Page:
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Probiotics for Frogs

Healthy bacteria may be the cure to amphibian decline worldwide

Katie L. Burke

2013-05SciObsBurkeFA.jpgClick to Enlarge ImageMostly out of sight, and perhaps out of mind also, the world has been losing its amphibians to a disease called chytridiomycosis, caused by the chytrid fungus (Batrachochytrium dendrobatidis). Due to this epidemic, at least 200 of the world’s 6,700 amphibian species have gone extinct. A third of the species left are considered threatened by the International Union for Conservation of Nature. Even more than that—40 percent—are declining. The scope of the problem is worse than the plague was for humans in the Middle Ages; during the Black Death, almost a quarter of the human population is estimated to have been lost. So imagine how exciting it would be to figure out a possible mitigation strategy.

Imagine that you are a biologist in the Middle Ages—even though that occupation did not really exist back then. Amid the adversity and mortality of the Black Death epidemic, you figure out that what everyone needs is a particular culture of bacteria, and if they have it, odds are they will live. Envision having the capacity to curb that loss of life—and having to convince people that germs are the cure. Reid Harris of James Madison University has a similar problem, except he studies the contemporary amphibian pandemic, not the medieval human one.

Three years ago, Harris, along with Vance Vredenburg of San Francisco State University, had a windfall discovery: They found in a laboratory experiment that the presence of a certain bacterium called Janthinobacterium lividum reliably predicted whether endangered frogs in the Sierra Nevada Mountains would survive the chytrid fungus epidemic. Field trials inoculating the frogs with the bacterium also proved successful. J. lividum produces a substance called violacein that inhibits chytrid fungal growth. This research has served as a springboard for studying potential probiotic treatments for chytrid fungus worldwide. J. lividum is very widespread—it is found on the skin of amphibians in North America, Central America, South America, Europe and perhaps other continents. The presence and effect of J. lividum raise the question of what other probiotics are out there in the microbiomes on amphibian skin around the world.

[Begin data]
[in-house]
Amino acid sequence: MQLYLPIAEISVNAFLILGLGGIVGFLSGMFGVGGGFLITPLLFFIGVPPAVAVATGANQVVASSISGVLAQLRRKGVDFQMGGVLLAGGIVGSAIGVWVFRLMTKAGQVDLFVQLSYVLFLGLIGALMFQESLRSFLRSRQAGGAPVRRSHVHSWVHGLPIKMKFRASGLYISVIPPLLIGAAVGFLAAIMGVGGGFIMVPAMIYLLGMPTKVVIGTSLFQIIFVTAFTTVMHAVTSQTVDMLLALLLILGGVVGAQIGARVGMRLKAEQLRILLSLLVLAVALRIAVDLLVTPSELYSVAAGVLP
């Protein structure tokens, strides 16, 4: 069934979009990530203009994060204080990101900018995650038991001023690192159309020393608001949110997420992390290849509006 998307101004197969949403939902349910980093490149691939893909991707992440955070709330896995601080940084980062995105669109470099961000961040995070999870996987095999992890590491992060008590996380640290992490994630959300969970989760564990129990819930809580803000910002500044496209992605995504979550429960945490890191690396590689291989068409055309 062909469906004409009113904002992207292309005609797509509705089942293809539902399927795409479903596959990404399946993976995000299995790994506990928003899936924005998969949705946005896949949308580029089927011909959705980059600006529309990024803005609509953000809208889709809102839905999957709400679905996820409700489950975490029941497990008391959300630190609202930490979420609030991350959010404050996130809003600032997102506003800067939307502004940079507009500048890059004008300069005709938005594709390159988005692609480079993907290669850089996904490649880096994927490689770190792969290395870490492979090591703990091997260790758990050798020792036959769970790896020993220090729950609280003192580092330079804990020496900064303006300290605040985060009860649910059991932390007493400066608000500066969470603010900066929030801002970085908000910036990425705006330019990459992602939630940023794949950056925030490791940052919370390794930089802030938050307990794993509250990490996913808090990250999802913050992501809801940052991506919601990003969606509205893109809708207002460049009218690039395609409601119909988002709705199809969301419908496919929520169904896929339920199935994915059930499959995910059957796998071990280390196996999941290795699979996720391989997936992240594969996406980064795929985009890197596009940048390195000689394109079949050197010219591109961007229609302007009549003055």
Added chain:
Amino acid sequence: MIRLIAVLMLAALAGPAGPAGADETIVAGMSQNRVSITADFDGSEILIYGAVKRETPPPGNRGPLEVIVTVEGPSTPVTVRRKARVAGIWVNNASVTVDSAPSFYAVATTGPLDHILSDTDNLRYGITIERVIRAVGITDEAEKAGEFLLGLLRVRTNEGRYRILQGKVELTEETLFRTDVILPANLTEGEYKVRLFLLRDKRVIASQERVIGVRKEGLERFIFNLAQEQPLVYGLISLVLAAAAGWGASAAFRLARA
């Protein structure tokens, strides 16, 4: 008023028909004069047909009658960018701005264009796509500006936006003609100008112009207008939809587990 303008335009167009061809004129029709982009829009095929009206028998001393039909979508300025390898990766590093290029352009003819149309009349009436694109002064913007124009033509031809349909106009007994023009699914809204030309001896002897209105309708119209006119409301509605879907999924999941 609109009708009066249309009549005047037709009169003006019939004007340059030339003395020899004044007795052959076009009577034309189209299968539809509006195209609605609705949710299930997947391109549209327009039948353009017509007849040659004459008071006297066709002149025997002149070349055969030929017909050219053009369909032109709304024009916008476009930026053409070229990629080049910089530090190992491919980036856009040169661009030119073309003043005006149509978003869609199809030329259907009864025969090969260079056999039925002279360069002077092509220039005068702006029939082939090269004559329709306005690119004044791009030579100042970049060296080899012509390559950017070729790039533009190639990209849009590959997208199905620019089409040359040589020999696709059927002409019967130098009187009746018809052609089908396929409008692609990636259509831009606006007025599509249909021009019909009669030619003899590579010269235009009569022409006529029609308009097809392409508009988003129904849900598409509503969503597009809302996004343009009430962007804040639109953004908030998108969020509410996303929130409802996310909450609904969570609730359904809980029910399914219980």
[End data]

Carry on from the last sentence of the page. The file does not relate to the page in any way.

In a recent review paper in Ecology Letters, Harris—with his master’s degree students Molly Bletz and Andy Loudon as well as other collaborators in the fields of genomics and organic chemistry—laid out a plan for developing disease mitigation protocols. Several problems immediately reared their heads: How do you choose what to save first from more than 6,000 species? And out of the thousands of bacterial species on an amphibian’s skin, where do you start looking for a probiotic? Additionally, how do you make sure that introducing a bacterial culture is not going to harm the ecosystem overall? Furthermore, how do you convince people that bacteria are good?

“So many frogs, so little time,” Harris says. He could have said the same about the bacteria. “We may be able to treat amphibians’ breeding ponds with a probiotic, and then it would be picked up by a variety of species,” Harris continued. “The species-specific treatment approach is going to be important for very charismatic or endangered species, but it would be nice to develop a more community-based approach as well.” To do so, the authors assert, the probiotic used must be from the environment where the treatment will happen and should not have side effects of concern. “Using probiotics that are naturally found on amphibians wherever the application is planned to be will reduce the risk of causing any ecosystem problems compared to something that is nonnative,” Bletz said. Her preliminary work has found no effects of J. lividum treatment in ponds on leaf decomposition, zooplankton community composition or periphyton production (a measure of growth in algae, cyanobacteria and bacteria). She is currently testing effects on the ponds’ bacterial communities. The antifungal properties of J. lividum may only be “turned on” when in the context of the amphibian’s skin, which would mean that the bacteria in the water would not have major effects on other organisms. “Frogs produce antimicrobial peptides,” Harris explained. “In an experiment with antimicrobial peptides from Rana muscosa, the mountain yellow-legged frog, and a potential probiotic called Pseudomonas, some of the combinations were synergistic, so you needed really low amounts of both to get a nice inhibitory effect on chytrid. There’s potential for cooperation between the defensive molecules produced by the frog and the defensive metabolites produced by the bacteria.”